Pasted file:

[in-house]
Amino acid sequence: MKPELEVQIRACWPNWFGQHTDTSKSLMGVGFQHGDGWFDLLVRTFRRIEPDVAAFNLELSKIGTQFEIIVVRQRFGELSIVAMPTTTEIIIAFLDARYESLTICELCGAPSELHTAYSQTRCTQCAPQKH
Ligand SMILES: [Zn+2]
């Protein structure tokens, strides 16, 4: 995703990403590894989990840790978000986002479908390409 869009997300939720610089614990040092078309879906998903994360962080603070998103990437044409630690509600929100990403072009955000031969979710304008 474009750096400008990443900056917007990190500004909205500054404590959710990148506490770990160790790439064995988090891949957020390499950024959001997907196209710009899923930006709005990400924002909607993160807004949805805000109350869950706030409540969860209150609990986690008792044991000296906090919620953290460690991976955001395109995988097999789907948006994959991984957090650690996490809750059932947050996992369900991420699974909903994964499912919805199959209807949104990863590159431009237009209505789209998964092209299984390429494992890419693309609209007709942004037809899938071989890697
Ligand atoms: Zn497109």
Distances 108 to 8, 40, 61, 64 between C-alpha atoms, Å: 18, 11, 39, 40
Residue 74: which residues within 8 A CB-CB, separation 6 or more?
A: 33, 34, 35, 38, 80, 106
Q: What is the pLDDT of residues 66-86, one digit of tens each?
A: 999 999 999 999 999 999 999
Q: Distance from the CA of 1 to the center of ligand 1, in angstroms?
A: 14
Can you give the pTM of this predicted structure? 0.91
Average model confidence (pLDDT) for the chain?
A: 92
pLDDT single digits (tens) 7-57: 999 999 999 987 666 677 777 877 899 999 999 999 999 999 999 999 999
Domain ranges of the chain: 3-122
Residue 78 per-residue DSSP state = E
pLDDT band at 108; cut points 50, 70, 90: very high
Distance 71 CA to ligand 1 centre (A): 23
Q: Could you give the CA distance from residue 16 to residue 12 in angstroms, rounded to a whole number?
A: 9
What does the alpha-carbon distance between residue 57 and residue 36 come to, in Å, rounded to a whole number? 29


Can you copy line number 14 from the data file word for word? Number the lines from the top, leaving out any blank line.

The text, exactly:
Average model confidence (pLDDT) for the chain?